Victoria regulated Child Safe Standards in 2016 following the Victoria Parliament Betrayal of Trust inquiry. The scheme is operated by the Victoria Commission for Children and Young People.

NSW will be similar to the Victorian model, but with some important changes. The NSW scheme will be operated by the NSW Office of the Children’s Guardian.

The language of the ACT standards may be similar to the National Principles, but we will also look closely at the Victorian and NSW versions of the Standards.

Royal Commission

How you will have YourSay:

The ACT Government’s response to the Royal Commission into Institutional Responses to Child Sexual Abuse (Royal Commission) puts community engagement at its centre. We are committed to developing change with those individuals and organisations who will be affected to ensure we get the best fit for the ACT.

This page is where we will ask for suggestions and feedback on the changes we can make to enhance a culture of child safety in the ACT.

We will be looking at:

The Royal Commission made 409 recommendations across four reports. The ACT Government has responded to each of the 307 recommendations relevant to us, and we will be implementing as many as we can, as soon as we can.

Engagements in the coming months and years will cover recommendations in each of the Royal Commission's reports:

  • Final Report
  • Working With Children Checks Report
  • Redress and Civil Litigation Report
  • Criminal Justice Report

Who can provide input:

The ACT Government will need to consult regularly with children and families, community organisations, expert stakeholders and industry bodies as we work to implement more of the Royal Commission’s recommendations over the coming months and years.

All engagements are open to the whole Canberra community yet they may be of particular interest to stakeholder groups working in legal, justice and social service areas.

We will use your views to:

The views you share will help us iron out details in legislation, regulation or other changes we've committed to making in response to the Royal Commission. You will help to ensure the reforms we implement are tailor-made to be effective in the ACT.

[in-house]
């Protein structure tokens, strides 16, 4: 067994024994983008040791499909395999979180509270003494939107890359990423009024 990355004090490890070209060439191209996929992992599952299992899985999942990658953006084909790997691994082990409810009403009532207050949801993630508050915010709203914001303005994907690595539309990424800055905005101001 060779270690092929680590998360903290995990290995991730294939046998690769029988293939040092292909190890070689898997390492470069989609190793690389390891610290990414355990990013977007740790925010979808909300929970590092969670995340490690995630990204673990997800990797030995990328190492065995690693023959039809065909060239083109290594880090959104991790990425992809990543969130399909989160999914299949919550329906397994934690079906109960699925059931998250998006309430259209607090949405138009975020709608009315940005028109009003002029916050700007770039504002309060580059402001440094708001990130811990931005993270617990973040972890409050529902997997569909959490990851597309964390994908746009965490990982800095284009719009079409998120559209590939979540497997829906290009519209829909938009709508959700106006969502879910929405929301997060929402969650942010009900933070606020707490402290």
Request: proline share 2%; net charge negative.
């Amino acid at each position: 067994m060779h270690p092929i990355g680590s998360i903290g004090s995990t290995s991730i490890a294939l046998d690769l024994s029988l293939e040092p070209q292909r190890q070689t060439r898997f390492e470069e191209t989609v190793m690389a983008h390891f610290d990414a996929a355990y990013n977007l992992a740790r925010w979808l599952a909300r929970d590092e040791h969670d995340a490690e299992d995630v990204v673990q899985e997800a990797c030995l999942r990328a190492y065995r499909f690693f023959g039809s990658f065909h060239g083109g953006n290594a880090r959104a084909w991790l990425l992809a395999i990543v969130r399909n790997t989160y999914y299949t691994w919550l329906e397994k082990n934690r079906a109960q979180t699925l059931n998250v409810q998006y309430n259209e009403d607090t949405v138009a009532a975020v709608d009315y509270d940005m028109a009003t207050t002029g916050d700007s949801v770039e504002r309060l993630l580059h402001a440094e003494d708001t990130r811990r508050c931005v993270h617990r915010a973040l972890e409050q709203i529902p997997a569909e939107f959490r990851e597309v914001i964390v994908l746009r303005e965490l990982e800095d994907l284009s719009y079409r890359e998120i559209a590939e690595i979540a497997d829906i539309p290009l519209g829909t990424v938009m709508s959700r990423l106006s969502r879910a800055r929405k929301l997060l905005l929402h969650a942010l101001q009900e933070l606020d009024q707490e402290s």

History

The Royal Commission into Institutional Responses to Child Sexual Abuse (the Royal Commission) was established in 2013, in response to allegations of sexual abuse of children in institutional contexts that had been emerging in Australia for many years.

The Royal Commission issued a total of four reports:

  • The Final Report on 15 December 2017, containing 189 recommendations. 105 of these are pertinent to state and territory governments.
  • The Working with Children Checks Report in August 2015, containing 36 recommendations, 35 of which are relevant to the ACT.
  • The Redress and Civil Litigation Report in September 2015, containing 99 recommendations, 84 of which are relevant to the ACT
  • The Criminal Justice Report in August 2017, containing 85 recommendations, 83 of which are relevant to the ACT.

The ACT Government has been implementing recommendations from Royal Commission since they began to be issued in 2015. Criminal justice reforms improving support to vulnerable witnesses, the establishment of a Reportable Conduct Scheme, removing limitation periods for civil litigation and joining the national Redress Scheme are just a few examples.

The ACT Government formally responded to the Royal Commission’s Final Report on 15 June 2018. Of the 307 recommendations relevant to the ACT Government, we accepted or accepted in principle 290 of these, and noted or took under further consideration the remaining 17.

The ACT Government’s response is available here: https://www.act.gov.au/childabuseroyalcommission/formalresponse

In December 2018, the ACT Government released its first annual Progress Report on responding to the recommendations of the Royal Commission, which is available here: https://www.act.gov.au/childabuseroyalcommission/documents

Next Steps

Over the coming year our areas of focus will include:

  • Progressing work to determine the best approach for implementing Child Safe Standards in the ACT.
  • Amending legislation to enhance the operation and administration of the Working With Vulnerable People Scheme.
  • Collaborating with the Commonwealth and other State and Territory governments on recommendations agreed as national priorities, such as developing the National Framework on Child Safety and Child Safe Standards, information sharing, record keeping and data collection; and addressing the complex issue of children with harmful sexual behaviours.